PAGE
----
There is some evidence that the difference between immune protection and escape in CD8+ T cell responses can be related to the extent of TCR diversity (Messaoudi et al., 2002; Price et al., 2004). The SL8 peptide of HSV is presented equally well by both the wt H2Kb and the mutant H2-Kbm8 MHC class I glycoproteins, which differ by four aa in the peptide-binding groove (Webb et al., 2004). Comparison of the wt B6 and congenic H2-Kbm8 mutant strains showed that the wt mice were much more susceptible to HSV infection. Dissection of the SL8-specific TCR repertoires established that SL8-H2Kbm8 selects a more diverse and higher avidity than spectrum of responding TCRs (Messaoudi et al., 2002). As TCR avidity is thought to be associated with functional capacity (Slifka and Whitton, 2001), it is reasonably to think that the nature of the selected TCR repertoire influenced this divergence in resistance profiles for the B6 wt and Kbm8 mice. The results suggest that both TCR repertoire diversity and TCR avidity play into this equation.

In the rhesus macaque SIV model (Price et al., 2004), CD8+ T cell responses to the SIV TL8 peptide are characterised by a conserved, restricted TCR repertoire and the rapid emergence viral escape mutants with a point mutation at position 5 of the TL8 peptide. The specific mutation of Ser to Leu in TL8 evades TCR recognition without affecting peptide binding to Mamu-A*01. This is possibly due to the fact that the restricted TL8-Mamu-A*01-specific TCR repertoire lacks the flexibility to recognise the TL8 epitope with minor structural changes, thereby allowing SIV-infected cells to escape immune elimination (Price et al., 2004). Conversely, the diverse TCR repertoire of SIV CM9-specific CD8+ T cells is not associated with the emergence of viral escape mutants. Although mutations may occur within the CM9 peptide, the CM-9-Mamu-A*01-specific TCRs have the breadth needed to recognise escape variants, thereby preventing the outgrowth of mutant viruses. Thus, the extent of TCR diversity can play a key role in limiting the emergence of escape mutants.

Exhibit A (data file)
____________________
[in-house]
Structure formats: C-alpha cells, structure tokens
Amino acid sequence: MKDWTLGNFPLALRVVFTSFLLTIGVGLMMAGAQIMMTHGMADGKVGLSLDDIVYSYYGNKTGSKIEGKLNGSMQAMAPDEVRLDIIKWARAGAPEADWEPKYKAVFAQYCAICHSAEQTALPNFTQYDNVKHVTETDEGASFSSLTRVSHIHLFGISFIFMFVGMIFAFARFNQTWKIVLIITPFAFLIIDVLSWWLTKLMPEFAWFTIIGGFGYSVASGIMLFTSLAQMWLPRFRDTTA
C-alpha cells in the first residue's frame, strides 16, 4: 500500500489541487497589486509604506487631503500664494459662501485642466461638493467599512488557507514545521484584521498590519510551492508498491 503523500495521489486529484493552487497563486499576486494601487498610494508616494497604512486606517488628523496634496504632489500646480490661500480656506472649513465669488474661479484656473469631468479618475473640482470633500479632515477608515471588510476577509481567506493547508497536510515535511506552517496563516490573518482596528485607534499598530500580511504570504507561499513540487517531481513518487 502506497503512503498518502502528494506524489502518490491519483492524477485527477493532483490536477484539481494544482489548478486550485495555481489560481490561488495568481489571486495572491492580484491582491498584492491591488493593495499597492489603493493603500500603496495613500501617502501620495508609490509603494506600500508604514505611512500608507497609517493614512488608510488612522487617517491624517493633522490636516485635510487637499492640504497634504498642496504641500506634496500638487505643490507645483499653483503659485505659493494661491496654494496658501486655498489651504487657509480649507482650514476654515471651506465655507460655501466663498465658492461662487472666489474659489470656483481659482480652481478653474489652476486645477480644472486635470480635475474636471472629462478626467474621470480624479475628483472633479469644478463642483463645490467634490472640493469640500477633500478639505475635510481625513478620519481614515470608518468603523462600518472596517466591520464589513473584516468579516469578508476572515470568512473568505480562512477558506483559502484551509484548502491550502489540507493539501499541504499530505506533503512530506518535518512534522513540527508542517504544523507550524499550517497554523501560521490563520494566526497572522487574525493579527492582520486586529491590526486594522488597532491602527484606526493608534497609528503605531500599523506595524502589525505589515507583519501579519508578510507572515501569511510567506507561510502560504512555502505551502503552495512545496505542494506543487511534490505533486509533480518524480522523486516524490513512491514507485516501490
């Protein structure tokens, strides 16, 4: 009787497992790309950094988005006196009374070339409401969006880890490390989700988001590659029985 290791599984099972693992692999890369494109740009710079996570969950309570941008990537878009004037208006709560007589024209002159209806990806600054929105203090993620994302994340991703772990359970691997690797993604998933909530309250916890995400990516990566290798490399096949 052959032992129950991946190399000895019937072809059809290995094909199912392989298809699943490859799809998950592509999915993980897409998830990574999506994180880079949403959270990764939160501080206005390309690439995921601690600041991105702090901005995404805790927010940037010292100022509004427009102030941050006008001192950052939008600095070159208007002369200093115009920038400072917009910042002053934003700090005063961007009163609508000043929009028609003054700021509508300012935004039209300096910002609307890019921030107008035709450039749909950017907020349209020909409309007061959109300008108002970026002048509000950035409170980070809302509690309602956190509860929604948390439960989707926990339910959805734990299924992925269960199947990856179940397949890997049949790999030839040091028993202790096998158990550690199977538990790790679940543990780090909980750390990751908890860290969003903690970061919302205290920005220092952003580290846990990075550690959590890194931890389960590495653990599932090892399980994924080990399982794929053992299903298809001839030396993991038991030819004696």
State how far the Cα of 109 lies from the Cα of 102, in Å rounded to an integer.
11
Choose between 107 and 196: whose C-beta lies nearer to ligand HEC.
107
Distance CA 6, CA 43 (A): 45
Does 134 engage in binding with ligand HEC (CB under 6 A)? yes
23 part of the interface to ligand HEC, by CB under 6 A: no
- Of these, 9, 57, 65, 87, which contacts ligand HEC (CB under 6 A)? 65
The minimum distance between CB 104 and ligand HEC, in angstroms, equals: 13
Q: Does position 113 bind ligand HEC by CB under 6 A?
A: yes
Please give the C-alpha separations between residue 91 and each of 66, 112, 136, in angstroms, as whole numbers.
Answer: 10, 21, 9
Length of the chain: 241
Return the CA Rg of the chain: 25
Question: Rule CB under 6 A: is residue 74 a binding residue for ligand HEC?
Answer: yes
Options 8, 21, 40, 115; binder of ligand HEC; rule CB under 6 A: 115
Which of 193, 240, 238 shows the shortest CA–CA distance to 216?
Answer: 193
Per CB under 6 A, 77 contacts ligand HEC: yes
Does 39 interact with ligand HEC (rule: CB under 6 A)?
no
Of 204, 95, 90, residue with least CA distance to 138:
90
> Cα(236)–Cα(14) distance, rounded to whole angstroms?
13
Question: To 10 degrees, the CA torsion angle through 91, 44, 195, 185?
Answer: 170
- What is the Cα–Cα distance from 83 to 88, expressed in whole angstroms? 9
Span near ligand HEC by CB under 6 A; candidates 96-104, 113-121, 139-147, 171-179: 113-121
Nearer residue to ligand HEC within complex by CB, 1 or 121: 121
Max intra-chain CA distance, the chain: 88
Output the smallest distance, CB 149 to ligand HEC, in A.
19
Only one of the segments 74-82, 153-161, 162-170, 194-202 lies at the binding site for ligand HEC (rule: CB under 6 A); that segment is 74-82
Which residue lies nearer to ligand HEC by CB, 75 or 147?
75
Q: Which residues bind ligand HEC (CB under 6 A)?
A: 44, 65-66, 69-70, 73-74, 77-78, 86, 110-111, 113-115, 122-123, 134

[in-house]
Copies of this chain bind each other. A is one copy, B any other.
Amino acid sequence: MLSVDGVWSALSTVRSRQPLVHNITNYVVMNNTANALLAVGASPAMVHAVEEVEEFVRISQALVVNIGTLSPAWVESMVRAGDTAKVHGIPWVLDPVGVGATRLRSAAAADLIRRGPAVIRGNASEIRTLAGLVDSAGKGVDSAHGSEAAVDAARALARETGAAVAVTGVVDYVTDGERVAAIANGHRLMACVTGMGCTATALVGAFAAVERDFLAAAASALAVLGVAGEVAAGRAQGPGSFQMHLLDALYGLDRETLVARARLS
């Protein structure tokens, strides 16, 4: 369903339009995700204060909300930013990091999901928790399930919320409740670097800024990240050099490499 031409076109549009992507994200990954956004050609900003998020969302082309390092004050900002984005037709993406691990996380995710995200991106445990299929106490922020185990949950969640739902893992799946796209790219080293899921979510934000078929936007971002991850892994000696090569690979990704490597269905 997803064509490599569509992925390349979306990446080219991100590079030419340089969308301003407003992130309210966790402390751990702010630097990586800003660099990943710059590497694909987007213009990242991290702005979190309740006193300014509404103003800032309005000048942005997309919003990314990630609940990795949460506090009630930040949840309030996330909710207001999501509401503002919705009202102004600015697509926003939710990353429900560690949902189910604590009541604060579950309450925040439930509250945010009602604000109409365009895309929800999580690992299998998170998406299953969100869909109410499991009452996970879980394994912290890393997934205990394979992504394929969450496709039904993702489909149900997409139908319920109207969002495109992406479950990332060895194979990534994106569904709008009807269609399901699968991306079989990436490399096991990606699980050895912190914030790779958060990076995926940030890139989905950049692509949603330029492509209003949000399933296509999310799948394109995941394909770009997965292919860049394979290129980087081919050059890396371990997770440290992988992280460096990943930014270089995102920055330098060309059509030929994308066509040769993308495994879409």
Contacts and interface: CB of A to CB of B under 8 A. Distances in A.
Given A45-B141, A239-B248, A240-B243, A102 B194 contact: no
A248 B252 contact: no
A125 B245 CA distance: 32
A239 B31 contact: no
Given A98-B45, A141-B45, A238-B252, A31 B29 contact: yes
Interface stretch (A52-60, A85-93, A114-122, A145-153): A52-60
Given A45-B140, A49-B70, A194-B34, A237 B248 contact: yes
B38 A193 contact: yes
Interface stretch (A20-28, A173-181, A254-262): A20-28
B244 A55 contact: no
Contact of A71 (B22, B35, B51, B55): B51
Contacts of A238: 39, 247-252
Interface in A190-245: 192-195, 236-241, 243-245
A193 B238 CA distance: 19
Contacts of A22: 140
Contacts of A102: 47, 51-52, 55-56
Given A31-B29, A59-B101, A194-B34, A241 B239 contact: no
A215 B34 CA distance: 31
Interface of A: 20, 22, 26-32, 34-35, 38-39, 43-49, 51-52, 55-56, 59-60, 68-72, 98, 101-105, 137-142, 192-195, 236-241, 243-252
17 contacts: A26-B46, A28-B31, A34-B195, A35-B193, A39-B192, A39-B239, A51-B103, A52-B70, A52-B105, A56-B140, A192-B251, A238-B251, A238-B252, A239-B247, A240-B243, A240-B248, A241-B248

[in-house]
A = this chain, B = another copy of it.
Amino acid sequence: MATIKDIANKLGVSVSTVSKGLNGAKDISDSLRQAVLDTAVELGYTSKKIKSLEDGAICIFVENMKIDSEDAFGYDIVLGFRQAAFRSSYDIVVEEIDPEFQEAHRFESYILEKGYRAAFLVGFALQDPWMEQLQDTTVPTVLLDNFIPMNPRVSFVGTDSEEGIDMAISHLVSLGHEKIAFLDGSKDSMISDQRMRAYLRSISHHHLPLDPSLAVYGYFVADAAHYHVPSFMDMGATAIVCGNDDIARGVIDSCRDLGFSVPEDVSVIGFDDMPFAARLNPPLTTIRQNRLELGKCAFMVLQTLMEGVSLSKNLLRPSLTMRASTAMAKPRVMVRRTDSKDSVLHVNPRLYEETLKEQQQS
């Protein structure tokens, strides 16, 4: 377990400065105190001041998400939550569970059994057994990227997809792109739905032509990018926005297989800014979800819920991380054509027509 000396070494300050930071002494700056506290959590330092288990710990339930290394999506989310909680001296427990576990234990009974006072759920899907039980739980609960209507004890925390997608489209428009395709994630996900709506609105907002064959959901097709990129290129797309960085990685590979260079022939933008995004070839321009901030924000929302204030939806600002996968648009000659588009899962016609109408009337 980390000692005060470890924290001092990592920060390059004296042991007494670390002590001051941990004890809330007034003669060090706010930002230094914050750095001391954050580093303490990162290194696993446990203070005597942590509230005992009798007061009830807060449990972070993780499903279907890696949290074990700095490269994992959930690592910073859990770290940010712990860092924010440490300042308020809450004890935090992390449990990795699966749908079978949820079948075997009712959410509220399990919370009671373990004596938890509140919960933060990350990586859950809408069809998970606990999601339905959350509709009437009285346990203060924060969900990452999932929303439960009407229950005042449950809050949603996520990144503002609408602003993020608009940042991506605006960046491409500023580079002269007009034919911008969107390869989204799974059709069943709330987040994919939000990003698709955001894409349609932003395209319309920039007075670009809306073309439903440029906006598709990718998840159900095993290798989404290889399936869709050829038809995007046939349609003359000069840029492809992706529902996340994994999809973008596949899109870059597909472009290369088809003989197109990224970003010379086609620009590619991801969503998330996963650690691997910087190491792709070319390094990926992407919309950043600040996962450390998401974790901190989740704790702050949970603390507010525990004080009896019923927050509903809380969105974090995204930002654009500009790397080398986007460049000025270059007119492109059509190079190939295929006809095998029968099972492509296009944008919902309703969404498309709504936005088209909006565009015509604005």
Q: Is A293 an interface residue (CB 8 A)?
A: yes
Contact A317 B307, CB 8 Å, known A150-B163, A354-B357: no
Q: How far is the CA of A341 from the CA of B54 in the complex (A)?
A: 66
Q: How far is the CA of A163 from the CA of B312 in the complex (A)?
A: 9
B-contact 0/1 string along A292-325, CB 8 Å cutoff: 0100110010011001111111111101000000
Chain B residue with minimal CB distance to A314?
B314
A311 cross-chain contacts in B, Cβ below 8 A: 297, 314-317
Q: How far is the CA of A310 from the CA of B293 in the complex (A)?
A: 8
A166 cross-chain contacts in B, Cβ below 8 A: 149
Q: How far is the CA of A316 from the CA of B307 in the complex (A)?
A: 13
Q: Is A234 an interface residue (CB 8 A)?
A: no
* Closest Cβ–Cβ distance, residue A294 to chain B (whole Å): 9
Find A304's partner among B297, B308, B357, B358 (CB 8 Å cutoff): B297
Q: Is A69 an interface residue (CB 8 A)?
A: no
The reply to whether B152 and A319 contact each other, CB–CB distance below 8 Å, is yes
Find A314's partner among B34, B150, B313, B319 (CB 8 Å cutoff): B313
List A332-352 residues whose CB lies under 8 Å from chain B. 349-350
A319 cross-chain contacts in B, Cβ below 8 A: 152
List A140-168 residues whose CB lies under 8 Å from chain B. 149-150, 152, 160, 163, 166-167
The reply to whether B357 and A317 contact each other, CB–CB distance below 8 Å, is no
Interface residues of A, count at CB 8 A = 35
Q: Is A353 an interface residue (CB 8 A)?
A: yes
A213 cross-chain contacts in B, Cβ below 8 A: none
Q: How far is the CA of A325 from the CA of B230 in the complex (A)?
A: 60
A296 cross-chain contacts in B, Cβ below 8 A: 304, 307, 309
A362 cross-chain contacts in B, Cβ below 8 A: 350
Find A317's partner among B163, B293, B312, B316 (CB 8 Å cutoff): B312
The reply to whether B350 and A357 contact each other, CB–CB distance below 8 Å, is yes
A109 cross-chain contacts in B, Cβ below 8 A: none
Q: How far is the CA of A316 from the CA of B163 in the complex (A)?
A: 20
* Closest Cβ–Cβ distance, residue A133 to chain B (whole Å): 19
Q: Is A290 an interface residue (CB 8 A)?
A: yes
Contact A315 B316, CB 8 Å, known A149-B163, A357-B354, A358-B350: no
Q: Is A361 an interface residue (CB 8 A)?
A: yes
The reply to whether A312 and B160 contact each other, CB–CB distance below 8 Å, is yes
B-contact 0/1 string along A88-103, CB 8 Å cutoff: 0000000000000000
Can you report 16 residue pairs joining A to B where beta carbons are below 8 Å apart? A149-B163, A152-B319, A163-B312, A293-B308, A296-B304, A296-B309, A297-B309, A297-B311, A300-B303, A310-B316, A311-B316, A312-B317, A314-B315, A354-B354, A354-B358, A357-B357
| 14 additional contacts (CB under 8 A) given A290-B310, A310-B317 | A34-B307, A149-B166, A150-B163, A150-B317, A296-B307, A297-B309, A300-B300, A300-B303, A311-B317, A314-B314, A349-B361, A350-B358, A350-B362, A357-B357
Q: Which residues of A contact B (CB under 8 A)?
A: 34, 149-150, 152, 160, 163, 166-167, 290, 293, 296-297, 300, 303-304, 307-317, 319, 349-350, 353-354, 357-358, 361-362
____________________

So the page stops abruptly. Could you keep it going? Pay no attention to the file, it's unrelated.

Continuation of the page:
Apart from TCR diversity affecting the protective capacity of CD8+ T cells and the ability to recognise mutated viral epitopes, diverse TCR repertoires provide more scope for cross-reactive CD8+ T cell responses. The fact that a diverse TCR repertoire for a specific antigen has a very diverse “tail” consisting of low frequency clonotypes may provide some explanation for unexpected cross-reactive immune response profiles that have been detected for some unrelated pathogens (Kim et al., 2005; Selin and Welsh, 2004).


Since the advent of tetrameric complexes, a substantial body of research has been done to characterise the TCR repertoires generated in responses to various acute and persistent pathogens. Recently, a combination of TCR repertoire analysis with FACS subsetting of functionally and phenotypically distinct T cell populations has provided a novel way of dissecting specific immune response. Continuation of this approach should allow us to gain more insight into the mechanisms determining both the expression of various phenotypic markers (e.g. CD62L and IL-7Rα) and the capacity to generate a diversity of effector molecules (e.g. IFN-γ, TNF-α and IL-2) in both the acute response and long-term memory. A better understanding of how T cell-mediated immunity is established and maintained at the clonal level may, in turn, suggest possibilities for improved vaccine and immunotherapy protocols.


This work was supported by a Burnet Award of the Australian NHMRC (to PCD). KK and NLG are NHMRC RD Wright Research Fellows and SJT is a Pfizer Senior Research Fellow.